The Mothman Prophecies

  • by John A. Keel
  • Narrated by Craig Wasson
  • 9 hrs and 15 mins
  • Unabridged Audiobook

Publisher's Summary

West Virginia, 1966. For thirteen months the town of Point Pleasant is gripped by a real-life nightmare that culminates in a tragedy that makes headlines around the world. Strange occurrences and sightings, including a bizarre winged apparition that becomes known as the Mothman, trouble this ordinary American community. Mysterious lights are seen moving across the sky. Domestic animals are found slaughtered and mutilated. And journalist John Keel, arriving to investigate the freakish events, soon finds himself an integral part of an eerie and unfathomable mystery.Translated into over thirteen languages, John Keel's unsettling account of what he encountered in Point Pleasant has long been regarded as a classic in the literature of the unexplained. It is now the basis of a major motion picture starring Richard Gere and Laura Linney.The Mothman Prophecies is also available in print from Tor Books.


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Customer Reviews

Most Helpful

Smart, compelling, disturbing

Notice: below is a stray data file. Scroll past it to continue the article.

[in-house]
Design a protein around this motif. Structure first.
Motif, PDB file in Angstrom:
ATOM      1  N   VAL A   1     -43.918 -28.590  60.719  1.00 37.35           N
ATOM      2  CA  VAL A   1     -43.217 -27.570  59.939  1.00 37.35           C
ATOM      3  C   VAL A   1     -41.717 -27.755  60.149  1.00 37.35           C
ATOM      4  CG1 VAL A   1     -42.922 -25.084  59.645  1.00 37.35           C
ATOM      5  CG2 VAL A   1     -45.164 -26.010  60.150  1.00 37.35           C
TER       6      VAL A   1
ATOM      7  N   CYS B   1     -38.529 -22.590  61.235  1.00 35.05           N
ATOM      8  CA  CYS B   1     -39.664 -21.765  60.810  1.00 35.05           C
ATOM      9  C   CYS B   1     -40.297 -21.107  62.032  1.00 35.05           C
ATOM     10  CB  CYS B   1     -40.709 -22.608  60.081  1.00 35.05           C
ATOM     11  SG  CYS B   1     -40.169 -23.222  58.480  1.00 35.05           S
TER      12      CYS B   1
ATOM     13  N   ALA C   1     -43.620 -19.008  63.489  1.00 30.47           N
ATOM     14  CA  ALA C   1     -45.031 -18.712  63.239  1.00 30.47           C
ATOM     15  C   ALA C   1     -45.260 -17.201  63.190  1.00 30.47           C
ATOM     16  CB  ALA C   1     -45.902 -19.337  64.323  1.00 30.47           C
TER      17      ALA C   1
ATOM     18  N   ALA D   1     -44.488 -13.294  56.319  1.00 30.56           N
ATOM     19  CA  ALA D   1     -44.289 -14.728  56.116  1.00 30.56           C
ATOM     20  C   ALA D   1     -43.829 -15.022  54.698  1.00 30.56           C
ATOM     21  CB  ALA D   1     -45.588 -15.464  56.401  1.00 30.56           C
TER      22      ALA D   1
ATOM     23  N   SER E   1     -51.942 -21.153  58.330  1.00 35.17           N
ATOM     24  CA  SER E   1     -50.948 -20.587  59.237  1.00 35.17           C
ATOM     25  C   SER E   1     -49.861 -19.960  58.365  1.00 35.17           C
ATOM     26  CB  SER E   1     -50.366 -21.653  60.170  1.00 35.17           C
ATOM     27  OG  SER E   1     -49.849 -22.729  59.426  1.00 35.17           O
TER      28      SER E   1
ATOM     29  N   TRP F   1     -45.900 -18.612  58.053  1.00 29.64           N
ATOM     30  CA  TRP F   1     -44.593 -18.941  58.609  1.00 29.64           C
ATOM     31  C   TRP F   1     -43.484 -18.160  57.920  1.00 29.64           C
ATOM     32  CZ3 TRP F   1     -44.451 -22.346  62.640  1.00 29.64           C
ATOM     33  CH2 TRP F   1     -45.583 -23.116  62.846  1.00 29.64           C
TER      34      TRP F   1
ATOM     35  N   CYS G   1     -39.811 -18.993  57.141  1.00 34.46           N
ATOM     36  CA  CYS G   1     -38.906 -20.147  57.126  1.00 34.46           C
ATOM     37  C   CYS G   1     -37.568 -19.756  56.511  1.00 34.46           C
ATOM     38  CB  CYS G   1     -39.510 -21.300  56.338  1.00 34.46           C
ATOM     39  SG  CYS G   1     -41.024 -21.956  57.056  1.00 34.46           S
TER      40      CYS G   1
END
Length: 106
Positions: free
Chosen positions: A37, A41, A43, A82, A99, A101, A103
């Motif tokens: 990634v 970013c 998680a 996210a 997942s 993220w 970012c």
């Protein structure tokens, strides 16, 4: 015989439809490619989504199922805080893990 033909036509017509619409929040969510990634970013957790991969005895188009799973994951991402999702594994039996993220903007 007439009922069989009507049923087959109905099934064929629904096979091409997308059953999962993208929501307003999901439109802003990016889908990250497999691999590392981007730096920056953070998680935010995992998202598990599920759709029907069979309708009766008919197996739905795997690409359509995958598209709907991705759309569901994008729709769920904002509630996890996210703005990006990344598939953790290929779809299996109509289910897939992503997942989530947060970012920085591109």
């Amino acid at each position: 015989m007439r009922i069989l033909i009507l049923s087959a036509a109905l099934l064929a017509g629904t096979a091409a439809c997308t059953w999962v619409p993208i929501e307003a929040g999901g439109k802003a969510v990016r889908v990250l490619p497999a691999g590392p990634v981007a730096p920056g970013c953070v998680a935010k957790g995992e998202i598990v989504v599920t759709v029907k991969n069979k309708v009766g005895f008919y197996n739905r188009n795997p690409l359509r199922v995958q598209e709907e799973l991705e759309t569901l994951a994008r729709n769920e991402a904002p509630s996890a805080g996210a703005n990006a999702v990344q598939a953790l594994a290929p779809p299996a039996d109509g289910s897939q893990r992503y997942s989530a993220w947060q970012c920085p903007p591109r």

A word to the wise: If you're looking for a novelization of the Richard Gere movie, you might want to think twice before ordering this book. John A. Keel's "The Mothman Prophecies" is not a novel, nor is it fiction. It is the sober account of a professional journalist who also happens to be a paranormal researcher. As such, it is one of the best books of its genre. By way of the mysterious figure of the Mothman, who haunted Point Pleasant, West Virginia, in the late 1960s, Keel puts forth his grand unified theory of all things paranormal, which connects such seemingly diverse phenomena as ghosts, fairies, UFOs, men in black, Bigfoot, the Loch Ness Monster, Mothman, angels, demons, and even The Shadow, the pulp-magazine crimebuster. Keel's clear, engaging style lends credence to the strange goings-on that he collects and documents, and the conclusions that he draws not only ring true but also linger long after the final page. As the Mothman mystery deepens and the author's life begins to imitate a David Lynch film, readers may want to turn on a few extra lights, but they won't be able to turn off this book.
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- Marc

Not really a book

This is not really a book but a series of loosely connected anecdotes. They generally start something like this - On June 13, 1961 while Bob Smith was walking down the street he encounter a large bat-like creature.

The problems with this book are not related to the subject matter but how it is presented. Lots of random sightings that aren't linked together into any kind of narrative and are not supported by much fact.

I am very interested in this topic but this book was completely unengaging.

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- D.P.

Book Details

  • Release Date: 08-23-2002
  • Publisher: Random House Audio